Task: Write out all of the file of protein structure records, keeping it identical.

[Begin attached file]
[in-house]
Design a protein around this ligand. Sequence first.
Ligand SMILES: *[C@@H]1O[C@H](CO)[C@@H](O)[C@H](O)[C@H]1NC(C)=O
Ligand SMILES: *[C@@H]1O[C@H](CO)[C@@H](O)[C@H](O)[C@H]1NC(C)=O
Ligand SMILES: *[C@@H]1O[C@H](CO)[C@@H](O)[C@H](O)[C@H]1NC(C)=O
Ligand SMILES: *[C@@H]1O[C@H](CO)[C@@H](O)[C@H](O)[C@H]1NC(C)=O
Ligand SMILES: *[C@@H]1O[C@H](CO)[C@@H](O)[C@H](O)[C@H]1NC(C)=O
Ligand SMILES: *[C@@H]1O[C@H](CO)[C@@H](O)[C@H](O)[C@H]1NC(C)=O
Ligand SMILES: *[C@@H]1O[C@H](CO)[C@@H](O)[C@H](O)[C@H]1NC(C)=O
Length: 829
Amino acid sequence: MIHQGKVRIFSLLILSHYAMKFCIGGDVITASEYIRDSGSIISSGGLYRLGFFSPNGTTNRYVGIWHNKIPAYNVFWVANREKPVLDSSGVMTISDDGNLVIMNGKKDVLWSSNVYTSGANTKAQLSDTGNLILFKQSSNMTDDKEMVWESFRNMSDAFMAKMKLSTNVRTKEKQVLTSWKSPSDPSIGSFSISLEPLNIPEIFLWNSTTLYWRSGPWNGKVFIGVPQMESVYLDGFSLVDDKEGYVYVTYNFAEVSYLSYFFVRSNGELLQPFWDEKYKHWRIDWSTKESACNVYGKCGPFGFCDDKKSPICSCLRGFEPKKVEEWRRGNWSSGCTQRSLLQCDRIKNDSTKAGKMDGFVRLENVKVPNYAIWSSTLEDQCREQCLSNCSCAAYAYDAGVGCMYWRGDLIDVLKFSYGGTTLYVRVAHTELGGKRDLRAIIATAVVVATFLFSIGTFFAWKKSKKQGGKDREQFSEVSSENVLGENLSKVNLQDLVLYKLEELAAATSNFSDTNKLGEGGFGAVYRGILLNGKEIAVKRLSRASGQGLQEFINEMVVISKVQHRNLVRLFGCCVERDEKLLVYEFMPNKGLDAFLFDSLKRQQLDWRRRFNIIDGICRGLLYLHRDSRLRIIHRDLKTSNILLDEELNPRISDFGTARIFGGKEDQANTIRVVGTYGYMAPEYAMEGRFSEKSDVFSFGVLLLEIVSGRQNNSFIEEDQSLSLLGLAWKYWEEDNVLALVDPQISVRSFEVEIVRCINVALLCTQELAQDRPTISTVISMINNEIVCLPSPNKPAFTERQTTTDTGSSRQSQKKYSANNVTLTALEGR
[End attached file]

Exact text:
[in-house]
Design a protein around this ligand. Sequence first.
Ligand SMILES: *[C@@H]1O[C@H](CO)[C@@H](O)[C@H](O)[C@H]1NC(C)=O
Ligand SMILES: *[C@@H]1O[C@H](CO)[C@@H](O)[C@H](O)[C@H]1NC(C)=O
Ligand SMILES: *[C@@H]1O[C@H](CO)[C@@H](O)[C@H](O)[C@H]1NC(C)=O
Ligand SMILES: *[C@@H]1O[C@H](CO)[C@@H](O)[C@H](O)[C@H]1NC(C)=O
Ligand SMILES: *[C@@H]1O[C@H](CO)[C@@H](O)[C@H](O)[C@H]1NC(C)=O
Ligand SMILES: *[C@@H]1O[C@H](CO)[C@@H](O)[C@H](O)[C@H]1NC(C)=O
Ligand SMILES: *[C@@H]1O[C@H](CO)[C@@H](O)[C@H](O)[C@H]1NC(C)=O
Length: 829
Amino acid sequence: MIHQGKVRIFSLLILSHYAMKFCIGGDVITASEYIRDSGSIISSGGLYRLGFFSPNGTTNRYVGIWHNKIPAYNVFWVANREKPVLDSSGVMTISDDGNLVIMNGKKDVLWSSNVYTSGANTKAQLSDTGNLILFKQSSNMTDDKEMVWESFRNMSDAFMAKMKLSTNVRTKEKQVLTSWKSPSDPSIGSFSISLEPLNIPEIFLWNSTTLYWRSGPWNGKVFIGVPQMESVYLDGFSLVDDKEGYVYVTYNFAEVSYLSYFFVRSNGELLQPFWDEKYKHWRIDWSTKESACNVYGKCGPFGFCDDKKSPICSCLRGFEPKKVEEWRRGNWSSGCTQRSLLQCDRIKNDSTKAGKMDGFVRLENVKVPNYAIWSSTLEDQCREQCLSNCSCAAYAYDAGVGCMYWRGDLIDVLKFSYGGTTLYVRVAHTELGGKRDLRAIIATAVVVATFLFSIGTFFAWKKSKKQGGKDREQFSEVSSENVLGENLSKVNLQDLVLYKLEELAAATSNFSDTNKLGEGGFGAVYRGILLNGKEIAVKRLSRASGQGLQEFINEMVVISKVQHRNLVRLFGCCVERDEKLLVYEFMPNKGLDAFLFDSLKRQQLDWRRRFNIIDGICRGLLYLHRDSRLRIIHRDLKTSNILLDEELNPRISDFGTARIFGGKEDQANTIRVVGTYGYMAPEYAMEGRFSEKSDVFSFGVLLLEIVSGRQNNSFIEEDQSLSLLGLAWKYWEEDNVLALVDPQISVRSFEVEIVRCINVALLCTQELAQDRPTISTVISMINNEIVCLPSPNKPAFTERQTTTDTGSSRQSQKKYSANNVTLTALEGR